The user may desire to understand the effects of migrating his or her computer programs to use the new development tools. It may be desirable to provide the user with a description of changes or fixes associated with using the new compiler to apply to the computer programs. For example, the user may be provided with patches that can fix compiler related issues. This disclosure provides assistance to users interested in migrating software using an automated technique with little user intervention.

II. Example System Architecture

FIG. 1 is a simplified block diagram 100 illustrating a system for migration assistance using compiler metadata, according to an embodiment.

Diagram 100 includes a client 110, compiler data server 120, and server 130 coupled to a network 140. Each of client 110, compiler data server 120, and server 130 may communicate with each other via network 140.

Network 140 may include various configurations and use various protocols including the Internet, World Wide Web, intranets, virtual private networks, wide area networks, local networks, private networks using communication protocols proprietary to one or more companies, cellular and other wireless networks, Internet relay chat channels (IRC), instant messaging, simple mail transfer protocols (SMTP), Ethernet, WiFi and HTTP, and various combinations of the foregoing.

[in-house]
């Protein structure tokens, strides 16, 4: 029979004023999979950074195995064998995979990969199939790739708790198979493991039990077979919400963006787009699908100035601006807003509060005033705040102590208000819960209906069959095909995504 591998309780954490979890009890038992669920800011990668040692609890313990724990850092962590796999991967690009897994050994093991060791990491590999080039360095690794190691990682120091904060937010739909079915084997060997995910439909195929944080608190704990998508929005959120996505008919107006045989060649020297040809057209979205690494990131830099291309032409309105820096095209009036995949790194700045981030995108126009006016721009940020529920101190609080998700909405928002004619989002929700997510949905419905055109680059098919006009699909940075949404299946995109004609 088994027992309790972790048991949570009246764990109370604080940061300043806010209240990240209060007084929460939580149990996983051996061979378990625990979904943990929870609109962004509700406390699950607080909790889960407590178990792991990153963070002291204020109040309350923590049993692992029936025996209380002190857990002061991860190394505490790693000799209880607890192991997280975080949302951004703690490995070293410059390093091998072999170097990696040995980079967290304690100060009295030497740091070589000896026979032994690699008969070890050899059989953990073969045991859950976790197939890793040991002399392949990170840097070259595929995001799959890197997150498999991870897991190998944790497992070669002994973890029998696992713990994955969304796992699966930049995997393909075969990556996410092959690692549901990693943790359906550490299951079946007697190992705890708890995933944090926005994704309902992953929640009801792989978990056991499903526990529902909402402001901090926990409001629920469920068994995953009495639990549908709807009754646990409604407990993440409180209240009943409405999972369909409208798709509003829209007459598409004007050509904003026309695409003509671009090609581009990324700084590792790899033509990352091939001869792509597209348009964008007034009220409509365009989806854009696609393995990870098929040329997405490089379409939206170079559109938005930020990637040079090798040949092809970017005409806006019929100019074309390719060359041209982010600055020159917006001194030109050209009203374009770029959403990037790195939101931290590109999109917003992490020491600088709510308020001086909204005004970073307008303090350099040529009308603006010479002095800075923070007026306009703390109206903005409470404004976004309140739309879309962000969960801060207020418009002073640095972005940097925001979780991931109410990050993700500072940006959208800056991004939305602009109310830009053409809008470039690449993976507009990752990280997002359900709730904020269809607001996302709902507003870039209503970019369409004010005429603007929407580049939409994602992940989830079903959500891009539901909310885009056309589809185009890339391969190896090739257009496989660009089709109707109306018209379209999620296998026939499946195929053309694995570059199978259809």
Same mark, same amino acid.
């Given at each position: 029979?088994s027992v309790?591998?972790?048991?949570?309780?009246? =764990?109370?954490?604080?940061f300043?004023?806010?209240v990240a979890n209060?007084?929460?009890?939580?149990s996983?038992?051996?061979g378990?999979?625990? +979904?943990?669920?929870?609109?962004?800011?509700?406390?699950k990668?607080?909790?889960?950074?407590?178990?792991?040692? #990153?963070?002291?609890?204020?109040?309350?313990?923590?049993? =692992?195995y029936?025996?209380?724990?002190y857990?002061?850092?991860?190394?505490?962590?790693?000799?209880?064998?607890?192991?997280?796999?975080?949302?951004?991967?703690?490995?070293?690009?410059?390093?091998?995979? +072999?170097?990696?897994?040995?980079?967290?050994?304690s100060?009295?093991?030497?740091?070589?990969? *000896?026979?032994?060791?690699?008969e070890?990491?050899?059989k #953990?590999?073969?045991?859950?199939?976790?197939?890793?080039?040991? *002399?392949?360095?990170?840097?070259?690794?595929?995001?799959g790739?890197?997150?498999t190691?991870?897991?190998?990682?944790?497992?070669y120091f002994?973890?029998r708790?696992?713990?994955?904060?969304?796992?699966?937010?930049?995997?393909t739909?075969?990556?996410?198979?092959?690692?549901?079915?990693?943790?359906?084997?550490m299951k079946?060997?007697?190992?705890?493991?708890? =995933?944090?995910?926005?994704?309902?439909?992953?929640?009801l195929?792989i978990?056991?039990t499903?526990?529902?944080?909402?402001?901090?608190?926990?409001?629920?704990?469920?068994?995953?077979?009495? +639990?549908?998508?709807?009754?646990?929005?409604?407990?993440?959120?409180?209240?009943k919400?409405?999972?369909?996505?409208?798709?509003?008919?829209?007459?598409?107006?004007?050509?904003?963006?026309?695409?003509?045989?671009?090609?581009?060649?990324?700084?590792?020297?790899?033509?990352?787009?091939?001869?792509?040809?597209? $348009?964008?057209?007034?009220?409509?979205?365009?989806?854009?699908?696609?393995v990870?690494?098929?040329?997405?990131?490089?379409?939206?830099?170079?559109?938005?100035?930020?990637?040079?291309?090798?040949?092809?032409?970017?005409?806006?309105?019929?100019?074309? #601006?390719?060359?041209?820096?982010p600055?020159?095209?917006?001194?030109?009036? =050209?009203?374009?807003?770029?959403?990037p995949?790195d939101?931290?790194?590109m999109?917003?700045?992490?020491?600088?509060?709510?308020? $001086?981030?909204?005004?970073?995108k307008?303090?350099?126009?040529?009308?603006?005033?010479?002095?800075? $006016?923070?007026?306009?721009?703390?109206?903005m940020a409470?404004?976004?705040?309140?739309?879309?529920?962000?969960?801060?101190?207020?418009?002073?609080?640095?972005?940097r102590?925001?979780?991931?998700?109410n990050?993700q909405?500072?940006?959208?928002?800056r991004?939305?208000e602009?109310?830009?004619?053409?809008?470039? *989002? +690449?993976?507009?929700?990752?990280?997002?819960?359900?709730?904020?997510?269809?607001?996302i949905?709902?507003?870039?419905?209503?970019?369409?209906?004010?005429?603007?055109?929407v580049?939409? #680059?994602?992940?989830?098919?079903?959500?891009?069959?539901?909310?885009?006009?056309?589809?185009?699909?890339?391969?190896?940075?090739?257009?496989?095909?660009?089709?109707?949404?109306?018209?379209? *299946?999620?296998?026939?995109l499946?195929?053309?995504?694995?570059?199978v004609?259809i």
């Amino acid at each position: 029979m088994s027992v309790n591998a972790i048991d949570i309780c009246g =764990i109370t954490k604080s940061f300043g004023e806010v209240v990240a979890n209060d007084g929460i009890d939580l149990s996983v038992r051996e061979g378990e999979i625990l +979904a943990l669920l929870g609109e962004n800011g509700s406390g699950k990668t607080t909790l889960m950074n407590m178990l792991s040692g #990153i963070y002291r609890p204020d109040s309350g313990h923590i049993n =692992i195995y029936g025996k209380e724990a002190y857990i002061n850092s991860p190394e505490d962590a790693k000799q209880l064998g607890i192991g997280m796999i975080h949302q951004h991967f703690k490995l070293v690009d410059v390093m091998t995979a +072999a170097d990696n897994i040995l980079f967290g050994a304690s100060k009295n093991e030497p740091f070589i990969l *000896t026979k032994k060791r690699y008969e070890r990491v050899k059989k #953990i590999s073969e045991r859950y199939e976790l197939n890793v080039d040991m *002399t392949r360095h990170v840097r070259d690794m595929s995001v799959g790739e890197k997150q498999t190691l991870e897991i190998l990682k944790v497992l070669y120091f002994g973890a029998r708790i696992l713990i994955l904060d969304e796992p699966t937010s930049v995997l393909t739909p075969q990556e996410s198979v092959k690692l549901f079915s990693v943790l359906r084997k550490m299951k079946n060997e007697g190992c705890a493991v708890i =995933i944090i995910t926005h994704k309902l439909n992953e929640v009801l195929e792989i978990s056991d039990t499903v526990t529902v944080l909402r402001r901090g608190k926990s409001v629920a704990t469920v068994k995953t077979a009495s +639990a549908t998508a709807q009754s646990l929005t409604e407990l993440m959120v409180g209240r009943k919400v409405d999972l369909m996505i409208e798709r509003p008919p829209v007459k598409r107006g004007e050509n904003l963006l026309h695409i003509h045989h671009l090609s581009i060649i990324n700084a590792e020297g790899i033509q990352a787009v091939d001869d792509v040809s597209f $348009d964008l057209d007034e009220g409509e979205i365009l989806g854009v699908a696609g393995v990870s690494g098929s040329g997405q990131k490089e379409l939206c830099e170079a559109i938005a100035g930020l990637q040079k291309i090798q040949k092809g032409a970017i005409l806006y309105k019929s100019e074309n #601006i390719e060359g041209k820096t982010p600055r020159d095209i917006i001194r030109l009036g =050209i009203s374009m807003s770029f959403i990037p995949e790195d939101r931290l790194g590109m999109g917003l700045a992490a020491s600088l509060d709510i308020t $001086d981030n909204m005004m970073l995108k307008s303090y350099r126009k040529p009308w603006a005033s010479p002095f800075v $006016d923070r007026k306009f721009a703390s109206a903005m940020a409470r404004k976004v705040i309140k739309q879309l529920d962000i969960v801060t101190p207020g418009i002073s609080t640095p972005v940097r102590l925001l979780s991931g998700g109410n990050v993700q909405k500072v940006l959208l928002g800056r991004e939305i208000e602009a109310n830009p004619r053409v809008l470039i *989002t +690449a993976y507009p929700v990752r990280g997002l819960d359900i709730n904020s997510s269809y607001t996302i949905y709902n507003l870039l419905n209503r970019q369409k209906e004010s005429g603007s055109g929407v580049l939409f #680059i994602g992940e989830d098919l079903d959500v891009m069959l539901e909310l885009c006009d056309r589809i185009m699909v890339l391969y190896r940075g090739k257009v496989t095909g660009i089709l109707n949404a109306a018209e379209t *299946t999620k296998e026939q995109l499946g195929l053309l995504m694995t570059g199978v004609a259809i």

Client 110 may send requests to and receive responses from server 130 over network 140. In an example, a user may use client 110 to send a request to server 130 for information regarding one or more compilers. In an example, the user includes the program including source code and specifies a particular compiler as a parameter in the request to server 130.

In an example, the compiler specified in the input is a target compiler to which the user is thinking of migrating the program. If the user decides to migrate the program along with any of its dependencies to the target compiler, it may be desirable to migrate the software such that it is compatible with the target compiler. For instance, if the user initially used compiler version 1.0 and has later been informed that compiler version 5.0 is available, the user may want the option to migrate to compiler version 5.0. To determine whether to migrate, the user may be interested in how the migration would affect the program, such as changes to make to the program such that compiler version 5.0 compiles the program with minimal errors or warnings.